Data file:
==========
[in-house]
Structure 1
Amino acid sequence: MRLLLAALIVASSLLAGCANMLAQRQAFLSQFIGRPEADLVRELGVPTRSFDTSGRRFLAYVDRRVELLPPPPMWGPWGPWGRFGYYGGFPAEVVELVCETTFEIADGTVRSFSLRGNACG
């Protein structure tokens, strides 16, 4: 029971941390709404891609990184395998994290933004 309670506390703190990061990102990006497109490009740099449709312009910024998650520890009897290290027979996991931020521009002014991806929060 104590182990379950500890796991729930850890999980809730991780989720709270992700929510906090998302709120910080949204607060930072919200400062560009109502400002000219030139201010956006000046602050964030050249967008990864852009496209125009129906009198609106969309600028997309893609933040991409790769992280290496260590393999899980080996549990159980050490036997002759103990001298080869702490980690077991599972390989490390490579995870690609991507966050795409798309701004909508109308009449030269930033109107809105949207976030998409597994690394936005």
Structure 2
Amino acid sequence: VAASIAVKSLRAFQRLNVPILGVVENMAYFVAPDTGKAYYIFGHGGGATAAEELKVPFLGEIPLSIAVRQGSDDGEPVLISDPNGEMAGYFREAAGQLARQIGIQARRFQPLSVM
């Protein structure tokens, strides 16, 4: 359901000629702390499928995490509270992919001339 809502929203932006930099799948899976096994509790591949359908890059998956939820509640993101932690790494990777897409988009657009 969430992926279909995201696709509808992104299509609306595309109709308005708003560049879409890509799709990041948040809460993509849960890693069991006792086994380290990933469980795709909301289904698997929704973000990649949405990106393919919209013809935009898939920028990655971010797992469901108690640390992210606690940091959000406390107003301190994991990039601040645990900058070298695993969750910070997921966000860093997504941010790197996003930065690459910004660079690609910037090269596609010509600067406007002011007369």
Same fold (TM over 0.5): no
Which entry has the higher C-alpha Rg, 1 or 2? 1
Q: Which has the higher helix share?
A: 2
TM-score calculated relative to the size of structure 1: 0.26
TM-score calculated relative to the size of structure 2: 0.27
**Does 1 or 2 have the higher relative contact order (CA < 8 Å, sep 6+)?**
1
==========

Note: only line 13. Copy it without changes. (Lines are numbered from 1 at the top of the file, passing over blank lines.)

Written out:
TM-score calculated relative to the size of structure 2: 0.27